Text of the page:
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Gadi Baltiansky, of the pro-peace Geneva Initiative that made the videos, argues that the moderate Palestinians in them will not be around much longer. Teddy Minashi, looking at wannasurf.com in his Ashdod law office ("Crowded by screamy locals," reads a comment about the Ashdod beach. "War keeps away foriners"), doesn't hear that. "We're not really that into the peace process," he says. "We are really, really into the water sports." Minashi and his friends organized to block a fishing port that would have undone the best break on the beach. "People here now concentrate on improving their lives, in the sense that they don't think too far ahead," he says. "Me, myself, I don't believe in this era we'll achieve peace with our neighbors. So now we concentrate on what we can do, how we can improve our lives." Ashdod, Minashi says, "is a very good example of that."
Involved, Like It or Not
And so it is. Dating from the 17th century B.C., the city is among the world's oldest. Its biblical history alone features the Ark of the Covenant, one plague of boils, another of mice, and an Ethiopian eunuch. But all that was deep beneath the dunes when a handful of Moroccan Jews were dropped here by Israel's government in the mid-1950s. Modern Ashdod would be a "development town," Israel's version of housing projects in an American city, down-market and all the grittier for its massive port.
"Some people, it's not the war," says Heli in the condo sales office, ready to defend his hometown. "They hear, Ashdod?" But they show up and find a city that is part resort, part microcosm for an immigrant nation turned inward. "It basically reflects the big picture in Israel," says Mayor Yechiel Lasry, who has remade the city with the help of Soviet immigrants, some 60,000 of whom settled in Ashdod. Educated and conservative, the Russians flexed their political muscles and accelerated the rightward political drift that had begun with the second intifadeh.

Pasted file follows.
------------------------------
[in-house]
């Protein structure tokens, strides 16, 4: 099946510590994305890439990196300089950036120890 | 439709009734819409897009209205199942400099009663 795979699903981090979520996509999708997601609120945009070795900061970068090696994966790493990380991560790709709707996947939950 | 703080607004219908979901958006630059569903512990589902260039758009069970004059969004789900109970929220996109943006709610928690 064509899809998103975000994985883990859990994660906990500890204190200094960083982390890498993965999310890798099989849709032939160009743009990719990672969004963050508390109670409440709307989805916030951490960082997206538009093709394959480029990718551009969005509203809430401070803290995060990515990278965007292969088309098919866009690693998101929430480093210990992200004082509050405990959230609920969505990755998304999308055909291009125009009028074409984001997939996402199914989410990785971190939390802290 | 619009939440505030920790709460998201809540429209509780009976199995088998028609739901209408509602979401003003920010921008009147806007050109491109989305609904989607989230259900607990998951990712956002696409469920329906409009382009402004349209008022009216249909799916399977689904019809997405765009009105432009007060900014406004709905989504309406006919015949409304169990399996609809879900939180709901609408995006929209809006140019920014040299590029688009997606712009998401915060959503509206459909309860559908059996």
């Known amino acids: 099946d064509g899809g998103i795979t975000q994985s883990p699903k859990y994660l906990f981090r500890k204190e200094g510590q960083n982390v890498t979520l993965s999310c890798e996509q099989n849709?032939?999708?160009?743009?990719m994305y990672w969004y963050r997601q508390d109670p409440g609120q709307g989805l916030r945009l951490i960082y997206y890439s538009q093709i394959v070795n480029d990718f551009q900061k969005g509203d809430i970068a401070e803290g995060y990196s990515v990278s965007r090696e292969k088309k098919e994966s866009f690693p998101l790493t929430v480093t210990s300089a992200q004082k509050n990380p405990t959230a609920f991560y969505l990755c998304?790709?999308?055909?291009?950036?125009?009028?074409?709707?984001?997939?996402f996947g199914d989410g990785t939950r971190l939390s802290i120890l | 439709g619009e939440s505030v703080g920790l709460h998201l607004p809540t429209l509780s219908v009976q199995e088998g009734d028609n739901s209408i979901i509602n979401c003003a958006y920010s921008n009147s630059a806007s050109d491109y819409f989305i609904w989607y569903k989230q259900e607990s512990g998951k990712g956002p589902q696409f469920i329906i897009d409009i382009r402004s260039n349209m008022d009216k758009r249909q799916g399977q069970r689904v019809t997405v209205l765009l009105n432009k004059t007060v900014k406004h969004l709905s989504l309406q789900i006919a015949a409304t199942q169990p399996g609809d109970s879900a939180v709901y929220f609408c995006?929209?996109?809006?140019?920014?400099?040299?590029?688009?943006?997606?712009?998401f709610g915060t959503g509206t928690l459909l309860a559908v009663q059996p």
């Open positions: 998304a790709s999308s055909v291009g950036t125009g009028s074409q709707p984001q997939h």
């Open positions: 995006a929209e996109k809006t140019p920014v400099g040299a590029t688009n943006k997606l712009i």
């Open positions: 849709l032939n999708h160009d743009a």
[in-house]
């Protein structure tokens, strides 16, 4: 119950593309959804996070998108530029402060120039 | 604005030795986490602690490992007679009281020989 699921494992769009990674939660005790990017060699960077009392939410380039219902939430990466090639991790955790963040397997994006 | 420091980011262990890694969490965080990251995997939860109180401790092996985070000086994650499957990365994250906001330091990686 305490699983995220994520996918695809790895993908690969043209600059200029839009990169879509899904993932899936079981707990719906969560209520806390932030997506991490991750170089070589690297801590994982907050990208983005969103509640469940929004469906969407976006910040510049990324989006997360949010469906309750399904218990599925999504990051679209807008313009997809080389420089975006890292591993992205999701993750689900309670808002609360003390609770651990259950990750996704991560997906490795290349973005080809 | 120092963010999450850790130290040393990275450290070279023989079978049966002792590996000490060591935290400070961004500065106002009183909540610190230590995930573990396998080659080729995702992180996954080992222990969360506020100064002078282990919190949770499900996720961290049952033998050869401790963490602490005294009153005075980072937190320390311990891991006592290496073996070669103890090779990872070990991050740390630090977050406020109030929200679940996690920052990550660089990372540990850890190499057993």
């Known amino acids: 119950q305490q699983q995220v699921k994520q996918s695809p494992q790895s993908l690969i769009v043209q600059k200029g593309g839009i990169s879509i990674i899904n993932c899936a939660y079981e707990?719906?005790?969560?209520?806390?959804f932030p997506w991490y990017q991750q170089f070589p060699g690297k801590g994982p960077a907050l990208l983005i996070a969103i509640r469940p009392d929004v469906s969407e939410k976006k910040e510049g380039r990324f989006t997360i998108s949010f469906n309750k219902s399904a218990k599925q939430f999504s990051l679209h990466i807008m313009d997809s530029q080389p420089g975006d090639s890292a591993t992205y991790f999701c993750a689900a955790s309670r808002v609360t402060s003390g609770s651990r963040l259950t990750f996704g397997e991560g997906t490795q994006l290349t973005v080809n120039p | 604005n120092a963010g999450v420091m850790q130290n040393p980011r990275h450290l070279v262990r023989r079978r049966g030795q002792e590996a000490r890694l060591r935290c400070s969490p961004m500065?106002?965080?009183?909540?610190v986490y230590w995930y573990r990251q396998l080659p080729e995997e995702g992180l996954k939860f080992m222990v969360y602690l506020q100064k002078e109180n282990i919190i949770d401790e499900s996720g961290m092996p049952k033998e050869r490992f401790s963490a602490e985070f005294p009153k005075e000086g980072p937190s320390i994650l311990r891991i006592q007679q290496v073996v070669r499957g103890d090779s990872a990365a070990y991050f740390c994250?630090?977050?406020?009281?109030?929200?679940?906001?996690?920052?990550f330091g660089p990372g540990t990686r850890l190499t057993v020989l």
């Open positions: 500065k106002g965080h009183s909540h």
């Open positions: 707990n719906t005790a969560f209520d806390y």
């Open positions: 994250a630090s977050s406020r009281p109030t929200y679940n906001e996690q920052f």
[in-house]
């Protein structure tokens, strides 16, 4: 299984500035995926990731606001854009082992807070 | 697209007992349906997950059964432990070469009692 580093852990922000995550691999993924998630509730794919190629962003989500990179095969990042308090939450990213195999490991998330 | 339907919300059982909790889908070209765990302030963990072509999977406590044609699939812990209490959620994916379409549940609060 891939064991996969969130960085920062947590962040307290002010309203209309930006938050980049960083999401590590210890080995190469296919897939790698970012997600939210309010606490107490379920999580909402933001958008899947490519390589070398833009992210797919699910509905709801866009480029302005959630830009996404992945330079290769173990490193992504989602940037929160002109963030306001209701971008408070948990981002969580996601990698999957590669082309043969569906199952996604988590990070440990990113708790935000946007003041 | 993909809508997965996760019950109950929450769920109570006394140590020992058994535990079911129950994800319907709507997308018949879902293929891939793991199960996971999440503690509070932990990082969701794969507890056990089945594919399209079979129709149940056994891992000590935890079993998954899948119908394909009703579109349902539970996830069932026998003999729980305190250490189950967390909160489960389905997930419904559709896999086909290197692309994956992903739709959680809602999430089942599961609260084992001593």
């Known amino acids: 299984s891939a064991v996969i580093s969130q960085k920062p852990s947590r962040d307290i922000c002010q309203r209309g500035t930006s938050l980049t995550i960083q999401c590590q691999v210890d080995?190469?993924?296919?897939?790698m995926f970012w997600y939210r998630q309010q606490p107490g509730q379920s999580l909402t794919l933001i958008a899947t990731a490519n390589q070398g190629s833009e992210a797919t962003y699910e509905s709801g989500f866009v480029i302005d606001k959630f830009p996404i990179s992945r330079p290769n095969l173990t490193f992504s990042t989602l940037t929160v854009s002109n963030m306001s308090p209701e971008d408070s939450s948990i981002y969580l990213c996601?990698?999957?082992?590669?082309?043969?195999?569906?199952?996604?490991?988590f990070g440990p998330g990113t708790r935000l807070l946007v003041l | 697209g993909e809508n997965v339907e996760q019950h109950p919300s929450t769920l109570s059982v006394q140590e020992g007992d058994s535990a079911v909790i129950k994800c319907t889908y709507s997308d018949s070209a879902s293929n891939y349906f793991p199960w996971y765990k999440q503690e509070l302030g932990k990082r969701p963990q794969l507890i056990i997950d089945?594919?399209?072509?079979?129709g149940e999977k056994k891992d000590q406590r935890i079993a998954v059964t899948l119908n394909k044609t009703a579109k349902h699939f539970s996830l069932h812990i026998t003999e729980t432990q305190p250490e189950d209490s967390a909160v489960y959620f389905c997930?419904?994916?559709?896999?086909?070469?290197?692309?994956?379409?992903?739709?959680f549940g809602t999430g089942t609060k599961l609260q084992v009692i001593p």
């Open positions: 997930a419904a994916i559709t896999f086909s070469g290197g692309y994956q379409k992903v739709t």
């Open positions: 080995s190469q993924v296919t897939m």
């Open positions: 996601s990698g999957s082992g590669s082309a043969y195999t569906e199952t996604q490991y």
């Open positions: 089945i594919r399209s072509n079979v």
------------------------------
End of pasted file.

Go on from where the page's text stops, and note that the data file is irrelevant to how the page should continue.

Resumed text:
The Russians also made the good life better, and not just because of their technological skills. Their taste for high culture means Ashdod has a ballet, a music school, a museum and the Andalusian Orchestra, which specializes in compositions from Moorish Spain, where Muslims and Jews made beautiful music together. Perched above the beachfront promenade that runs 6 miles (10 km), a new performing-arts center evokes a baleen whale.
"It's a concept," says Lea Divan, scanning the immaculate seafront from a table at the Puzzle Café, her view framed by palm fronds. "It's a state of mind." It's not a Middle Eastern state of mind, though; the freeways and beaches, universities and start-ups bring to mind California, not Cairo. "That's kind of what they're going for," says a waitress, taking away the breakfast Divan shared with Carmela Balosher-Orovan, her friend of six decades a relationship that spans the lifetime of Israel. Divan was born on a kibbutz and was still nursing when it was attacked in the fighting Israelis call the War of Independence and that Palestinians know as the Catastrophe. "She suckled fear with the milk of her mother," says Balosher-Orovan, whose experience in Haifa was in its way no less unsettling. Jews and Palestinians got along well in the mixed city until 1947. Then Arabs attacked the local refinery. "It was a shock," she says. "These were my friends!"
Sixty-three years and eight wars later, Divan and Balosher-Orovan have seen enough to know that for all the surf breaks, the palms and the coffee, the conflict is never truly done, never far away; that it shadows the good life like the soldier in civilian clothes but with an M-16 slung across the back who trails schoolchildren chattering down the sidewalk on a field trip. When Divan moved to Ashdod eight months ago, her first question to prospective landlords was always, Does this apartment have a bomb shelter?
"I'm on vacation," says Balosher-Orovan with a determined look. "Part of my vacation is not to listen to the news every half-hour." But she knows as many Israelis affect not to know that the news matters. New talks? Experience offers small hope, the women say. But if the sides are talking, they're not fighting. And thinking of her old neighbors, Balosher-Orovan still believes that people will naturally get along if their leaders allow it. So they are paying close attention and insist that anyone who claims otherwise is telling a tale. "You have a son in the army, and your sister's son is in the army. You're involved!" Divan says. Ignore the peace talks? "It's impossible. You can't do it. You'd have to live in a bubble."